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College of Information and Communications

School of Information Science

Welcome, you’re just in time. The world needs you. The School of Information Science is a community of students, scholars, staff and alumni dedicated to improving society through the transformation of data into information and information into knowledge. We make librarians, information specialists, number crunchers, business leaders, and community educators. We send them to libraries, schools, Fortune 500 Companies, think tanks, and startups. We put information into action.

News

Reading Is only a step on the path to anti-racism

In this Publisher's Weekly article, Dr. Nicole Cooke suggests viewing one's anti-racist journey in three stages.

School of Information Science statement on diversity, equity and inclusion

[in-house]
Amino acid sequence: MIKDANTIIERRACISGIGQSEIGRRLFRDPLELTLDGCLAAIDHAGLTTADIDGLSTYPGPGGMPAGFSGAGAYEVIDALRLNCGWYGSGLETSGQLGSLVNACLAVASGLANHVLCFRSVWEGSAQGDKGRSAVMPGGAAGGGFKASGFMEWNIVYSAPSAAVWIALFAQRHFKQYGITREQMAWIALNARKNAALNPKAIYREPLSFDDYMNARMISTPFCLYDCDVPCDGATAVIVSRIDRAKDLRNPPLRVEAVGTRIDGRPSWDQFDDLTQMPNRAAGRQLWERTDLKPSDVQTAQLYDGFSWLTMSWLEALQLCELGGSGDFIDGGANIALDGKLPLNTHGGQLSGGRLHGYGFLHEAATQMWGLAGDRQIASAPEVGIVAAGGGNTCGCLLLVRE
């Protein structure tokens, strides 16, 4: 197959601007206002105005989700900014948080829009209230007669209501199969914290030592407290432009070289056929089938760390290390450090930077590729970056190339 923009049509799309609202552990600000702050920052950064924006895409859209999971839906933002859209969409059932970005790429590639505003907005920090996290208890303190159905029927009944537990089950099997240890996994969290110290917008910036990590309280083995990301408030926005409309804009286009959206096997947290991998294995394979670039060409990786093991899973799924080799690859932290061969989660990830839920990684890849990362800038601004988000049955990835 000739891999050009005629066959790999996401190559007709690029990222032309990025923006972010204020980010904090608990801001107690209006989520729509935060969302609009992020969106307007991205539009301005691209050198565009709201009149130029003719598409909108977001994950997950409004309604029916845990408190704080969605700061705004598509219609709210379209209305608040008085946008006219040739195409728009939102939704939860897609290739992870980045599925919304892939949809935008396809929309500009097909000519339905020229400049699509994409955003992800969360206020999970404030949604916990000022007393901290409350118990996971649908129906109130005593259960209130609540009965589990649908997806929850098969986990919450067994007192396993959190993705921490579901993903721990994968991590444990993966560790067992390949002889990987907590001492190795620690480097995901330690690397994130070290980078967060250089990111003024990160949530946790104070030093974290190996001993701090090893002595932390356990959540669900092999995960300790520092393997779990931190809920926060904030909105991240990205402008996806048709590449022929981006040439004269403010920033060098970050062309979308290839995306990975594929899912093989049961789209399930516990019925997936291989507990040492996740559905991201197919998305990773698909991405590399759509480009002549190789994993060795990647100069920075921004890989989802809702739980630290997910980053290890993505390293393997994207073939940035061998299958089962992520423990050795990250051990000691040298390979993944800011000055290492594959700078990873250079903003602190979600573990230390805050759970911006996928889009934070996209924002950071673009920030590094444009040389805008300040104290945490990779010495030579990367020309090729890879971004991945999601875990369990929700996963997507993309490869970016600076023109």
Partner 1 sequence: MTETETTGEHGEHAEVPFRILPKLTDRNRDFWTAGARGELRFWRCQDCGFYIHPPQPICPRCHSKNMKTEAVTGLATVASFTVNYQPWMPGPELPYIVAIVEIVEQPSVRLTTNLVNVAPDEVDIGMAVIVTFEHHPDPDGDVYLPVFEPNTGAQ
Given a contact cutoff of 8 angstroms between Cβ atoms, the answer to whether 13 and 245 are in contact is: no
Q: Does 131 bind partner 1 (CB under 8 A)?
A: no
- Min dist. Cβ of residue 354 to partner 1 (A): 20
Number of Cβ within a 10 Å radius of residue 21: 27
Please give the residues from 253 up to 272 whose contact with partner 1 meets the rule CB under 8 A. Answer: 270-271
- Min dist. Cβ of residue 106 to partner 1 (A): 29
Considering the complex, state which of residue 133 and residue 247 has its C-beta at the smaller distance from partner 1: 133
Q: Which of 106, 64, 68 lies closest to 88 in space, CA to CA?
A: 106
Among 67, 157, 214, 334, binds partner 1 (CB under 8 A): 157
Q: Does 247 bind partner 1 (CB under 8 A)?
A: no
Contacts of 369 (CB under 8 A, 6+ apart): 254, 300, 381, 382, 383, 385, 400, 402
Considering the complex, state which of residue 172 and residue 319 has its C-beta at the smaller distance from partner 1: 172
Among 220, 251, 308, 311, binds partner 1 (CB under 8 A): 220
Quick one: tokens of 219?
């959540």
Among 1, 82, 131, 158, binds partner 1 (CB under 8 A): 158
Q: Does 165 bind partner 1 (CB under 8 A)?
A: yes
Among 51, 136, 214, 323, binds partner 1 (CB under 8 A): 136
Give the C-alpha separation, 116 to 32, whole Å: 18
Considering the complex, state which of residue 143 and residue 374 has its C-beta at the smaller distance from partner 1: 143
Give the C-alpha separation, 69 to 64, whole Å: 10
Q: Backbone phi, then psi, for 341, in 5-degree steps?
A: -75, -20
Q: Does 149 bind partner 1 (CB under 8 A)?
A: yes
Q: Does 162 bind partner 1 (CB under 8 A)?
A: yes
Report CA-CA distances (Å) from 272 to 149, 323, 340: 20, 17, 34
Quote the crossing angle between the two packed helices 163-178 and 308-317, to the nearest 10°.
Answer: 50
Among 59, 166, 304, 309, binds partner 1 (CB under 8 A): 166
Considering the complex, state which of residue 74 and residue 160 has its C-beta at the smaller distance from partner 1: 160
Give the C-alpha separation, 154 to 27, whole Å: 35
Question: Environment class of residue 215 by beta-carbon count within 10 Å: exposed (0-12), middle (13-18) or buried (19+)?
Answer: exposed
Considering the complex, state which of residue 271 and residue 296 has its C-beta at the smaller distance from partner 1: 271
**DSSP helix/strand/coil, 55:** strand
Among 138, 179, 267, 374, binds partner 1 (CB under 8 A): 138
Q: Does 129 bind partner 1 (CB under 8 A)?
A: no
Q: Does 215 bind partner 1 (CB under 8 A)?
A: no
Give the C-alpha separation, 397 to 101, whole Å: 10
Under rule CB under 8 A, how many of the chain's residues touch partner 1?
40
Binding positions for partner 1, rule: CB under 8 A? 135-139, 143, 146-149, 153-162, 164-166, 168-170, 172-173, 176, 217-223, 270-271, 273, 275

The University of South Carolina’s School of Information Science community strongly condemns the systemic and systematic oppression of black people, indigenous people and all people of color.

Passion for profession lands SC librarians on Movers & Shakers list

Having an impact on their students and communities, being more inclusive for underserved populations and encouraging a lifelong love of reading and learning are passions shared by three alumnae who have been recognized as 2020 Movers & Shakers by Library Journal.

SLIS becomes School of Information Science

The School of Library and Information Science is now the School of Information Science, following a vote of approval by the University of South Carolina Board of Trustees at an April 24 meeting.

SC Center for Community Literacy creates resource website for parents

Are you looking for local and national resources to engage kids while learning at home? Explore the San Diego Zoo, doodle with Mo Willems, participate in a virtual storytime and hang out with Dr. Seuss.

Graphic novels help teens learn about racism, climate change and social justice – here’s a reading list

Dr. Karen Gavigan says teen activists are making headlines for their social justice advocacy, and it's being reflected in the graphic novels they are reading. Read her article in The Conversation.

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